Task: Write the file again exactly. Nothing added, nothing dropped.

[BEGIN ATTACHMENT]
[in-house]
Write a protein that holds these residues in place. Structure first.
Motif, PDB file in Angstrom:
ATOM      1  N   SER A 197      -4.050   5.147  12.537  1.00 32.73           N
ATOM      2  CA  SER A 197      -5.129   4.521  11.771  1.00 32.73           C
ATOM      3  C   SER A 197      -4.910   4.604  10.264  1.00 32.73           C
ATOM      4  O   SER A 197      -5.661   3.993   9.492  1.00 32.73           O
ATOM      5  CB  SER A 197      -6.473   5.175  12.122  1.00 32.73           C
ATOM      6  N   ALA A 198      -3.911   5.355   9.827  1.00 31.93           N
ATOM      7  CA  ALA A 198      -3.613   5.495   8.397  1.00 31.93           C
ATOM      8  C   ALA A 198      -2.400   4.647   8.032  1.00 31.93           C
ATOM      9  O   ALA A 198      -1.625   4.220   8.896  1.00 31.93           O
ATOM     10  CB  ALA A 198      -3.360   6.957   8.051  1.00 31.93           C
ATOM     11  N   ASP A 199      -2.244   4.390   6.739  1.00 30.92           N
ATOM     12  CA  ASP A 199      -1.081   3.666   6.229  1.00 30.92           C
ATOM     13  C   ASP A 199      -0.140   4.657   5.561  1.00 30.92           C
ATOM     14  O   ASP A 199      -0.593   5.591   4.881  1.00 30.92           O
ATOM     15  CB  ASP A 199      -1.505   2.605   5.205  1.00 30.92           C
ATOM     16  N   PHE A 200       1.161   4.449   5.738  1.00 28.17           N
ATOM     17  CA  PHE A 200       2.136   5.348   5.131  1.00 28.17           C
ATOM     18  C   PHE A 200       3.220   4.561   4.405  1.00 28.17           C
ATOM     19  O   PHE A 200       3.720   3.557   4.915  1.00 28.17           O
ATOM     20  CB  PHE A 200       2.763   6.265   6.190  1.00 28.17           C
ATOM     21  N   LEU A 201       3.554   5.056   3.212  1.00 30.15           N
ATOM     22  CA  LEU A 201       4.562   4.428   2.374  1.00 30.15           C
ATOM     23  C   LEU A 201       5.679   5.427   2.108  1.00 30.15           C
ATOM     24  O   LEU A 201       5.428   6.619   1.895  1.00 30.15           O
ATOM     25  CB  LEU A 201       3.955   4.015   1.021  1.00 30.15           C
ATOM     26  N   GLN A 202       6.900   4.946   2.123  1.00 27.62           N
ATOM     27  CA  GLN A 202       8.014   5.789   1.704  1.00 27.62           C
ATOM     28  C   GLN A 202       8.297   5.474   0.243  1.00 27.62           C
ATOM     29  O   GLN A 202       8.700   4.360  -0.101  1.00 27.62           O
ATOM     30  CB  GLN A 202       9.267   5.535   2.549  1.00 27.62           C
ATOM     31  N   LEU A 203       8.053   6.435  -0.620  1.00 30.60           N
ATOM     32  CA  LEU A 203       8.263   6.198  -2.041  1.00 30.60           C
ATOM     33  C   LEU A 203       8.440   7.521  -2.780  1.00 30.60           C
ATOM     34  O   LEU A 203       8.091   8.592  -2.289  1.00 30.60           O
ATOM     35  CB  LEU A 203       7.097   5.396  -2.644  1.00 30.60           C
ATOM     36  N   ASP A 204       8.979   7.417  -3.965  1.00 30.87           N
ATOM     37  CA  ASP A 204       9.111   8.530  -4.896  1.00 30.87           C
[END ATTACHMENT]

[in-house]
Write a protein that holds these residues in place. Structure first.
Motif, PDB file in Angstrom:
ATOM      1  N   SER A 197      -4.050   5.147  12.537  1.00 32.73           N
ATOM      2  CA  SER A 197      -5.129   4.521  11.771  1.00 32.73           C
ATOM      3  C   SER A 197      -4.910   4.604  10.264  1.00 32.73           C
ATOM      4  O   SER A 197      -5.661   3.993   9.492  1.00 32.73           O
ATOM      5  CB  SER A 197      -6.473   5.175  12.122  1.00 32.73           C
ATOM      6  N   ALA A 198      -3.911   5.355   9.827  1.00 31.93           N
ATOM      7  CA  ALA A 198      -3.613   5.495   8.397  1.00 31.93           C
ATOM      8  C   ALA A 198      -2.400   4.647   8.032  1.00 31.93           C
ATOM      9  O   ALA A 198      -1.625   4.220   8.896  1.00 31.93           O
ATOM     10  CB  ALA A 198      -3.360   6.957   8.051  1.00 31.93           C
ATOM     11  N   ASP A 199      -2.244   4.390   6.739  1.00 30.92           N
ATOM     12  CA  ASP A 199      -1.081   3.666   6.229  1.00 30.92           C
ATOM     13  C   ASP A 199      -0.140   4.657   5.561  1.00 30.92           C
ATOM     14  O   ASP A 199      -0.593   5.591   4.881  1.00 30.92           O
ATOM     15  CB  ASP A 199      -1.505   2.605   5.205  1.00 30.92           C
ATOM     16  N   PHE A 200       1.161   4.449   5.738  1.00 28.17           N
ATOM     17  CA  PHE A 200       2.136   5.348   5.131  1.00 28.17           C
ATOM     18  C   PHE A 200       3.220   4.561   4.405  1.00 28.17           C
ATOM     19  O   PHE A 200       3.720   3.557   4.915  1.00 28.17           O
ATOM     20  CB  PHE A 200       2.763   6.265   6.190  1.00 28.17           C
ATOM     21  N   LEU A 201       3.554   5.056   3.212  1.00 30.15           N
ATOM     22  CA  LEU A 201       4.562   4.428   2.374  1.00 30.15           C
ATOM     23  C   LEU A 201       5.679   5.427   2.108  1.00 30.15           C
ATOM     24  O   LEU A 201       5.428   6.619   1.895  1.00 30.15           O
ATOM     25  CB  LEU A 201       3.955   4.015   1.021  1.00 30.15           C
ATOM     26  N   GLN A 202       6.900   4.946   2.123  1.00 27.62           N
ATOM     27  CA  GLN A 202       8.014   5.789   1.704  1.00 27.62           C
ATOM     28  C   GLN A 202       8.297   5.474   0.243  1.00 27.62           C
ATOM     29  O   GLN A 202       8.700   4.360  -0.101  1.00 27.62           O
ATOM     30  CB  GLN A 202       9.267   5.535   2.549  1.00 27.62           C
ATOM     31  N   LEU A 203       8.053   6.435  -0.620  1.00 30.60           N
ATOM     32  CA  LEU A 203       8.263   6.198  -2.041  1.00 30.60           C
ATOM     33  C   LEU A 203       8.440   7.521  -2.780  1.00 30.60           C
ATOM     34  O   LEU A 203       8.091   8.592  -2.289  1.00 30.60           O
ATOM     35  CB  LEU A 203       7.097   5.396  -2.644  1.00 30.60           C
ATOM     36  N   ASP A 204       8.979   7.417  -3.965  1.00 30.87           N
ATOM     37  CA  ASP A 204       9.111   8.530  -4.896  1.00 30.87           C